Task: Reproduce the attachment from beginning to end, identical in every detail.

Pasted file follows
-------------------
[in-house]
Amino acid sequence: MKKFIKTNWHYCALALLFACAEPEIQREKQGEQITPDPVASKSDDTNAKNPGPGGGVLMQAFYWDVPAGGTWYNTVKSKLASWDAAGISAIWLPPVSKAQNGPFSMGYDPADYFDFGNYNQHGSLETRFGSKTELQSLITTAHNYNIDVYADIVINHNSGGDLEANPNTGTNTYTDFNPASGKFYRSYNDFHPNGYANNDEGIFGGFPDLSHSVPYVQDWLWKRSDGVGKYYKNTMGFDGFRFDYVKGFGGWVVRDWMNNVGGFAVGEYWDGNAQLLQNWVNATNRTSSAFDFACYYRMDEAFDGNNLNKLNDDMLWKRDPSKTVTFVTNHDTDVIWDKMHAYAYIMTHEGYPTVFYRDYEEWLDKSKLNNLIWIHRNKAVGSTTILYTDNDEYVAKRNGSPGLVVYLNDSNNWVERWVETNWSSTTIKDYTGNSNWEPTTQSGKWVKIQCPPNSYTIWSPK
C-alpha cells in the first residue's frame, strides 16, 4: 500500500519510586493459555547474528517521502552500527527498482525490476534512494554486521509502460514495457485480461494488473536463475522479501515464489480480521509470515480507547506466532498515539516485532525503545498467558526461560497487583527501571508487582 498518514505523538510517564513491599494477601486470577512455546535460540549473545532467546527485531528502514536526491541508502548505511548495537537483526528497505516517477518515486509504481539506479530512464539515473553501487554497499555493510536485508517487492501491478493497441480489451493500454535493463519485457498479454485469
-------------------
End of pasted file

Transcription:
[in-house]
Amino acid sequence: MKKFIKTNWHYCALALLFACAEPEIQREKQGEQITPDPVASKSDDTNAKNPGPGGGVLMQAFYWDVPAGGTWYNTVKSKLASWDAAGISAIWLPPVSKAQNGPFSMGYDPADYFDFGNYNQHGSLETRFGSKTELQSLITTAHNYNIDVYADIVINHNSGGDLEANPNTGTNTYTDFNPASGKFYRSYNDFHPNGYANNDEGIFGGFPDLSHSVPYVQDWLWKRSDGVGKYYKNTMGFDGFRFDYVKGFGGWVVRDWMNNVGGFAVGEYWDGNAQLLQNWVNATNRTSSAFDFACYYRMDEAFDGNNLNKLNDDMLWKRDPSKTVTFVTNHDTDVIWDKMHAYAYIMTHEGYPTVFYRDYEEWLDKSKLNNLIWIHRNKAVGSTTILYTDNDEYVAKRNGSPGLVVYLNDSNNWVERWVETNWSSTTIKDYTGNSNWEPTTQSGKWVKIQCPPNSYTIWSPK
C-alpha cells in the first residue's frame, strides 16, 4: 500500500519510586493459555547474528517521502552500527527498482525490476534512494554486521509502460514495457485480461494488473536463475522479501515464489480480521509470515480507547506466532498515539516485532525503545498467558526461560497487583527501571508487582 498518514505523538510517564513491599494477601486470577512455546535460540549473545532467546527485531528502514536526491541508502548505511548495537537483526528497505516517477518515486509504481539506479530512464539515473553501487554497499555493510536485508517487492501491478493497441480489451493500454535493463519485457498479454485469